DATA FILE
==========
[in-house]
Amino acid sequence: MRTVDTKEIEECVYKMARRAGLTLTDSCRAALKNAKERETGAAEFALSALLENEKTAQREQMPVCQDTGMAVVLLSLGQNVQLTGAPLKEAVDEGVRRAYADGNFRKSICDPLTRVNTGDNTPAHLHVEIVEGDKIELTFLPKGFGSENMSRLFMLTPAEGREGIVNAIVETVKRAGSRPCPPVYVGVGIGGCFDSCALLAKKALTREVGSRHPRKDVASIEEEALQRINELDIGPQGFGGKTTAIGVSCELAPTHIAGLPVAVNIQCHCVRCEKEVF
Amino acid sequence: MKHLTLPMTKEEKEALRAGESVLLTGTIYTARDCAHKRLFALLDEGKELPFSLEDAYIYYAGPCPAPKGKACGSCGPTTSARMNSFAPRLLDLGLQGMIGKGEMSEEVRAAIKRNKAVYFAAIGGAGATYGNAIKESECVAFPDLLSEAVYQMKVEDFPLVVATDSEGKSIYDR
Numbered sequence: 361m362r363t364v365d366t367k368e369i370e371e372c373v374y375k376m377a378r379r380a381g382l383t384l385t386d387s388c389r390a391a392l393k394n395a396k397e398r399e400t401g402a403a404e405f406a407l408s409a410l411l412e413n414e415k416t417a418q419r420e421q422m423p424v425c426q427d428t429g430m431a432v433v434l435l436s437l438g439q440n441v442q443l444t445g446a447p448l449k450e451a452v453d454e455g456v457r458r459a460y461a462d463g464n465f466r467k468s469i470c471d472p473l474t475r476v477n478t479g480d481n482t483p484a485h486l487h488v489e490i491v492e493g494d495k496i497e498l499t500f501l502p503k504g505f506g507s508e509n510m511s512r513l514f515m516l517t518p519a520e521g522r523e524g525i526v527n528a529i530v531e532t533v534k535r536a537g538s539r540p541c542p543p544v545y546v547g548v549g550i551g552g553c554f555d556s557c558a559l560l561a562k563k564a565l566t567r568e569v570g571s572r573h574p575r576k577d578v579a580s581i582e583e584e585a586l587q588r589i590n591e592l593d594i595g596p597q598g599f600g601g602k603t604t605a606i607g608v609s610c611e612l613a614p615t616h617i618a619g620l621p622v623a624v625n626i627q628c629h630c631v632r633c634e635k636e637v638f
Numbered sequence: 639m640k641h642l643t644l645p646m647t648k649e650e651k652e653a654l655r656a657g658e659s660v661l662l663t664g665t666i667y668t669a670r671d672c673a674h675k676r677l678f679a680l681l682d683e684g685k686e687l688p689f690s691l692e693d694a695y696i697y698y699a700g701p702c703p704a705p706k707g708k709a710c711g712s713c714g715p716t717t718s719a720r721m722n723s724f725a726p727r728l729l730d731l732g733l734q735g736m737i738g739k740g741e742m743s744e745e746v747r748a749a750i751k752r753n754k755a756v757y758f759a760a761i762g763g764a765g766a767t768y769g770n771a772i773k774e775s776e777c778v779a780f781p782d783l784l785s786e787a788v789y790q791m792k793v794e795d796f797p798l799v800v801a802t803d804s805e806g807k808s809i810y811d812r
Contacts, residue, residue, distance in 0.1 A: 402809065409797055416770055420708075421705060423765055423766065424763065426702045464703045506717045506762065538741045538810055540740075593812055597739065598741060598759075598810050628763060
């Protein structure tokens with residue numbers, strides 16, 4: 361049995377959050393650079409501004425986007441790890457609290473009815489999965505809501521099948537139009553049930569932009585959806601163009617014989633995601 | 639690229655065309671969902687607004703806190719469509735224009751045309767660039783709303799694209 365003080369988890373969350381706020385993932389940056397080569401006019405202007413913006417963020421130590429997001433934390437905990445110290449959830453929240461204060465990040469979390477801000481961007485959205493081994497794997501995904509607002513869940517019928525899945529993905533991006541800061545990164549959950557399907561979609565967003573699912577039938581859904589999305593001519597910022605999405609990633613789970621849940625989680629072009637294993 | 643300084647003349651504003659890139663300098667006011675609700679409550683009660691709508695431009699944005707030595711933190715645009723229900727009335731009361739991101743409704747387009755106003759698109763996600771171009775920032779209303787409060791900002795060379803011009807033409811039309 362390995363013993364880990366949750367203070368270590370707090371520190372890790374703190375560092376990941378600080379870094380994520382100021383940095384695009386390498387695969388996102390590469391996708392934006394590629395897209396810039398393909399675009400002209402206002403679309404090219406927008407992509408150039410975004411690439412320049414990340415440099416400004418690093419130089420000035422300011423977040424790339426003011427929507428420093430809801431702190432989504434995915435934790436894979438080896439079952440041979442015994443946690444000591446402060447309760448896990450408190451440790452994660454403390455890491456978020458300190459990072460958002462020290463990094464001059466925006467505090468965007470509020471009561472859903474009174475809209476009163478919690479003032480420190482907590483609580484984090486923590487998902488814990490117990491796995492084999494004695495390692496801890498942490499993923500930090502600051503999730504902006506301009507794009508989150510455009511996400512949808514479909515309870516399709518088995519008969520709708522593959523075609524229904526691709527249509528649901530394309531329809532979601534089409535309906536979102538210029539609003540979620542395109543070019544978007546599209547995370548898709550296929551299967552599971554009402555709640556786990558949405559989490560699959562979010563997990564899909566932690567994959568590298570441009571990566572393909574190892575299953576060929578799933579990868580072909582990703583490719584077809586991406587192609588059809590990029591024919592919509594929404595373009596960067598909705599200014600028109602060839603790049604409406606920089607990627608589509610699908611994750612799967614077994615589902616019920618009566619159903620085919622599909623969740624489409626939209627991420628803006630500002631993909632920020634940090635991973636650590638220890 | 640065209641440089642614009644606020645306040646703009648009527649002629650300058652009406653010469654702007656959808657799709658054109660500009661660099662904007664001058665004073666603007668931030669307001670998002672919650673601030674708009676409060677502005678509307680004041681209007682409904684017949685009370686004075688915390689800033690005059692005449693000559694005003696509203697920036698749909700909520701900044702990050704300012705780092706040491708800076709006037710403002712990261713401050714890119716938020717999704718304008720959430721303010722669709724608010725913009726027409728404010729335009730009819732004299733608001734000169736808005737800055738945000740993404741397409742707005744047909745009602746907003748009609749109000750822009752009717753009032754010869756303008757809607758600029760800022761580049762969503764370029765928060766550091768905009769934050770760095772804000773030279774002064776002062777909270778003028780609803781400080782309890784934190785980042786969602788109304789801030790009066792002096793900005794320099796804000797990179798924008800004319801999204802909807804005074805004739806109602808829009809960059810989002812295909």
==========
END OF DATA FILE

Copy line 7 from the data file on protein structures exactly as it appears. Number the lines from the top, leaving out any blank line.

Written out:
């Protein structure tokens with residue numbers, strides 16, 4: 361049995377959050393650079409501004425986007441790890457609290473009815489999965505809501521099948537139009553049930569932009585959806601163009617014989633995601 | 639690229655065309671969902687607004703806190719469509735224009751045309767660039783709303799694209 365003080369988890373969350381706020385993932389940056397080569401006019405202007413913006417963020421130590429997001433934390437905990445110290449959830453929240461204060465990040469979390477801000481961007485959205493081994497794997501995904509607002513869940517019928525899945529993905533991006541800061545990164549959950557399907561979609565967003573699912577039938581859904589999305593001519597910022605999405609990633613789970621849940625989680629072009637294993 | 643300084647003349651504003659890139663300098667006011675609700679409550683009660691709508695431009699944005707030595711933190715645009723229900727009335731009361739991101743409704747387009755106003759698109763996600771171009775920032779209303787409060791900002795060379803011009807033409811039309 362390995363013993364880990366949750367203070368270590370707090371520190372890790374703190375560092376990941378600080379870094380994520382100021383940095384695009386390498387695969388996102390590469391996708392934006394590629395897209396810039398393909399675009400002209402206002403679309404090219406927008407992509408150039410975004411690439412320049414990340415440099416400004418690093419130089420000035422300011423977040424790339426003011427929507428420093430809801431702190432989504434995915435934790436894979438080896439079952440041979442015994443946690444000591446402060447309760448896990450408190451440790452994660454403390455890491456978020458300190459990072460958002462020290463990094464001059466925006467505090468965007470509020471009561472859903474009174475809209476009163478919690479003032480420190482907590483609580484984090486923590487998902488814990490117990491796995492084999494004695495390692496801890498942490499993923500930090502600051503999730504902006506301009507794009508989150510455009511996400512949808514479909515309870516399709518088995519008969520709708522593959523075609524229904526691709527249509528649901530394309531329809532979601534089409535309906536979102538210029539609003540979620542395109543070019544978007546599209547995370548898709550296929551299967552599971554009402555709640556786990558949405559989490560699959562979010563997990564899909566932690567994959568590298570441009571990566572393909574190892575299953576060929578799933579990868580072909582990703583490719584077809586991406587192609588059809590990029591024919592919509594929404595373009596960067598909705599200014600028109602060839603790049604409406606920089607990627608589509610699908611994750612799967614077994615589902616019920618009566619159903620085919622599909623969740624489409626939209627991420628803006630500002631993909632920020634940090635991973636650590638220890 | 640065209641440089642614009644606020645306040646703009648009527649002629650300058652009406653010469654702007656959808657799709658054109660500009661660099662904007664001058665004073666603007668931030669307001670998002672919650673601030674708009676409060677502005678509307680004041681209007682409904684017949685009370686004075688915390689800033690005059692005449693000559694005003696509203697920036698749909700909520701900044702990050704300012705780092706040491708800076709006037710403002712990261713401050714890119716938020717999704718304008720959430721303010722669709724608010725913009726027409728404010729335009730009819732004299733608001734000169736808005737800055738945000740993404741397409742707005744047909745009602746907003748009609749109000750822009752009717753009032754010869756303008757809607758600029760800022761580049762969503764370029765928060766550091768905009769934050770760095772804000773030279774002064776002062777909270778003028780609803781400080782309890784934190785980042786969602788109304789801030790009066792002096793900005794320099796804000797990179798924008800004319801999204802909807804005074805004739806109602808829009809960059810989002812295909």